She tip-toed to the side of the bin. There! A whimper. Should she ask for Robert’s help? Nah. He’d just say she was “making something out of nothing,” his favorite phrase whenever anyone complained about anything. He’d say he was too busy frying meat or smoking a cigarette to help her anyway, so why bother asking?
She grabbed the lid of the bin and tossed it backward. It clattered against the wall and she stumbled, nearly falling to the ground again. She peered ever so slowly over the edge, and the sickening stench of garbage wafted into her face. Instantly she pulled back, covering her nose with her hand.
Another whimper emanated from deep inside the bin. “Oh, my goodness. Is it a puppy?” She couldn’t take care of a puppy. Not when she planned to leave soon.
“God help me,” she whispered, as she snuck a second glance over the edge. Rotten meat, snotty tissues, chicken bones, moldy bread. She gagged and turned her head to the side, took a deep breath through her mouth. As soon as her stomach stopped pitching and her heart quit thundering against her rib cage, she poked her head over the edge of the bin again, searching for something, anything alive.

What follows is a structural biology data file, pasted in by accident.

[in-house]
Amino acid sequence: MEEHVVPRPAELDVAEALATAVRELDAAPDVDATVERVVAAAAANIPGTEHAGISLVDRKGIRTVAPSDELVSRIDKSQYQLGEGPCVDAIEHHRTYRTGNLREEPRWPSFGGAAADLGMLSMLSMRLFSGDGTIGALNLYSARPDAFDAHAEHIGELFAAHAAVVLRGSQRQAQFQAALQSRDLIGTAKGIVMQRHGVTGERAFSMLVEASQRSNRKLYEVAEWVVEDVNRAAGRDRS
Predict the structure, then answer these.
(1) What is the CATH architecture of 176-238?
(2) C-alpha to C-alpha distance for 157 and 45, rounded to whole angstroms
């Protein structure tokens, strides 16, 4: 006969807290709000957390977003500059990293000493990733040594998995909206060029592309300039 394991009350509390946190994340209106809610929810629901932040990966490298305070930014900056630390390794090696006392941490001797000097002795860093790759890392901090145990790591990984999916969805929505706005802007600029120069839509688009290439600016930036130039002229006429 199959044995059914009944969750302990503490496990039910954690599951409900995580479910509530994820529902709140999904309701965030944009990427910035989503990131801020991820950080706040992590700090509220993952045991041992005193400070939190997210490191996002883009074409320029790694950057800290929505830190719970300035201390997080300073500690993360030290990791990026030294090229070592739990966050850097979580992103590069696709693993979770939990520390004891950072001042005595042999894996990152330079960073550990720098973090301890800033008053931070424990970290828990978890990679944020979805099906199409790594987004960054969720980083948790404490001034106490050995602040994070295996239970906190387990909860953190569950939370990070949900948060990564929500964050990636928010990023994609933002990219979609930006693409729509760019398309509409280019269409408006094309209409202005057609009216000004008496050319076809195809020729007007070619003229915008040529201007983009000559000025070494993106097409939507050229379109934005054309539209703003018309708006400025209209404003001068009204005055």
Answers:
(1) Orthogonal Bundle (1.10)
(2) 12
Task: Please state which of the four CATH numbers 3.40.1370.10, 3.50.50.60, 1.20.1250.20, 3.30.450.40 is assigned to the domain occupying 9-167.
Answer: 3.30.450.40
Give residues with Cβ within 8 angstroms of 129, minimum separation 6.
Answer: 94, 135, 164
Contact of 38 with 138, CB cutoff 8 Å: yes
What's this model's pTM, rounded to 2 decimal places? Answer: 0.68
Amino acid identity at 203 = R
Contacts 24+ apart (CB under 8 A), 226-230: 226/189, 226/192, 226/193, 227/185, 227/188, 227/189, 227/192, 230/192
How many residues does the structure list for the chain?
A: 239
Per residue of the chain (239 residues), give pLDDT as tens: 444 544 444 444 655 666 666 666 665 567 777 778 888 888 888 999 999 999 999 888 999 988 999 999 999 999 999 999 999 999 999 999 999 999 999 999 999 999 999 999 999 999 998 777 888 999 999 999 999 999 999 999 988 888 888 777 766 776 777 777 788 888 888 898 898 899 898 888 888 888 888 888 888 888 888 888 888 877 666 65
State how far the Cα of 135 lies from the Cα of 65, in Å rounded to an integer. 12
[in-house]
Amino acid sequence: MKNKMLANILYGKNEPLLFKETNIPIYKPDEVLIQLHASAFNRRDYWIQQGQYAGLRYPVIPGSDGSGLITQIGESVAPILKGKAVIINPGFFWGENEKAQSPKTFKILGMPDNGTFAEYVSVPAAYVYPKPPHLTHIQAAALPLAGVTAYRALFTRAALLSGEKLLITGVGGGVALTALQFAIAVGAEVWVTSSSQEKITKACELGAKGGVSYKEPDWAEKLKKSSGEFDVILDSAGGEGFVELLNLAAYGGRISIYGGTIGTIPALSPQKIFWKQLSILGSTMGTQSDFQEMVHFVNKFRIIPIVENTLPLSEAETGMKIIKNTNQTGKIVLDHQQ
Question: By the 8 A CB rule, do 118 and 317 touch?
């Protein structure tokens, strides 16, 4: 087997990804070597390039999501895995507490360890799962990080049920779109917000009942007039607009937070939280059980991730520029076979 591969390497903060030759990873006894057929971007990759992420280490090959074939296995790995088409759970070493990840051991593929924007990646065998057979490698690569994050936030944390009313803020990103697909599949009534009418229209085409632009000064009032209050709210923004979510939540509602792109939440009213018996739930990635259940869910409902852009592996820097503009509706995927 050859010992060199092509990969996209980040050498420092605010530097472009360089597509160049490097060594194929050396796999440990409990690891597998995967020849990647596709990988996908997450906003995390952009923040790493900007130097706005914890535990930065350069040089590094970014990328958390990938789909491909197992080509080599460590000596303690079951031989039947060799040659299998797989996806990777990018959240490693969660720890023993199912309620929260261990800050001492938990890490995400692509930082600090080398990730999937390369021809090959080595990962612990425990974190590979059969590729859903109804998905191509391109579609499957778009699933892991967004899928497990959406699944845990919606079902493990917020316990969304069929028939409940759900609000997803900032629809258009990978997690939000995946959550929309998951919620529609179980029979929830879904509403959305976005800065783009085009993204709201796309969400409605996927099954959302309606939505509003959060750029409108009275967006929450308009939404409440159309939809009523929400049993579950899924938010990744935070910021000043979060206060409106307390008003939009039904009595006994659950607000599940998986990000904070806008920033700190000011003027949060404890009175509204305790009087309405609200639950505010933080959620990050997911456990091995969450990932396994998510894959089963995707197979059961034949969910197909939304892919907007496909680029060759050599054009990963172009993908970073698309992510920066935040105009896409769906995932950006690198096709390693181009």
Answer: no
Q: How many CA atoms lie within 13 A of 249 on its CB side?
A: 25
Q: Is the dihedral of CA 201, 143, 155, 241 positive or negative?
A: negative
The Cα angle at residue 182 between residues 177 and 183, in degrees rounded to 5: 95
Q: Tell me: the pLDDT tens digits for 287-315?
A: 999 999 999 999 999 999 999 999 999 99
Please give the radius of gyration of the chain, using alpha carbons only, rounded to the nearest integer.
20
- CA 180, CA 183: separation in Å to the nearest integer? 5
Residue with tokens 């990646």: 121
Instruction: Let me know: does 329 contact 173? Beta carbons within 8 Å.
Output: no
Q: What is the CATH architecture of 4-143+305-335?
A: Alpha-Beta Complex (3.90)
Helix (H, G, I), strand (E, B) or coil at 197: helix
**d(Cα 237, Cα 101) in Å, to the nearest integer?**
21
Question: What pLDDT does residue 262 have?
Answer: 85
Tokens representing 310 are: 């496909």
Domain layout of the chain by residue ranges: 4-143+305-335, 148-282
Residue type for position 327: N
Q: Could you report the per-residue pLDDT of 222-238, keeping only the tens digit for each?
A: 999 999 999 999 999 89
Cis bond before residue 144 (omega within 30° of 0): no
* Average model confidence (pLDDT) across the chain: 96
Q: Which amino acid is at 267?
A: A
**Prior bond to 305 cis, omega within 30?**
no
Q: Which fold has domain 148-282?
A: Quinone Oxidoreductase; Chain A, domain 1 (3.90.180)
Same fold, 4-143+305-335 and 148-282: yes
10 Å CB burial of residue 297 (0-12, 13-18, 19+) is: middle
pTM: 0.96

A pink doll’s hand stuck out from underneath a soiled paper towel. Just like her childhood doll she’d kept that lay at the top of her bed. The tiny fingers of the doll wiggled. “Oh, my dear God.” Maybe it was a doll. They made dolls that moved and
cried. Even pooped. Maybe some kid left it in a booth, and Robert had thrown it away.
It moved again. A tiny cry came from underneath a half-eaten corncob on top of a large piece of lettuce. Hesitantly, Maddy touched one of the fingers. Warm. She yanked her hand back and swallowed.
A baby in the dumpster? “Please don’t let this be happening.”
She looked up and down the alley, making sure she was alone, heart thumping madly. She delicately lifted the piece of lettuce. The corncob rolled to the side, revealing an infant in the middle of the waste. She gasped, staring. “Oh, you sweet little thing.” She picked up the child and cradled her in the crook of her arm. Maddy untied the sweater encircling her waist and wrapped it around the baby. “You’re the prettiest baby girl in the world,” she whispered.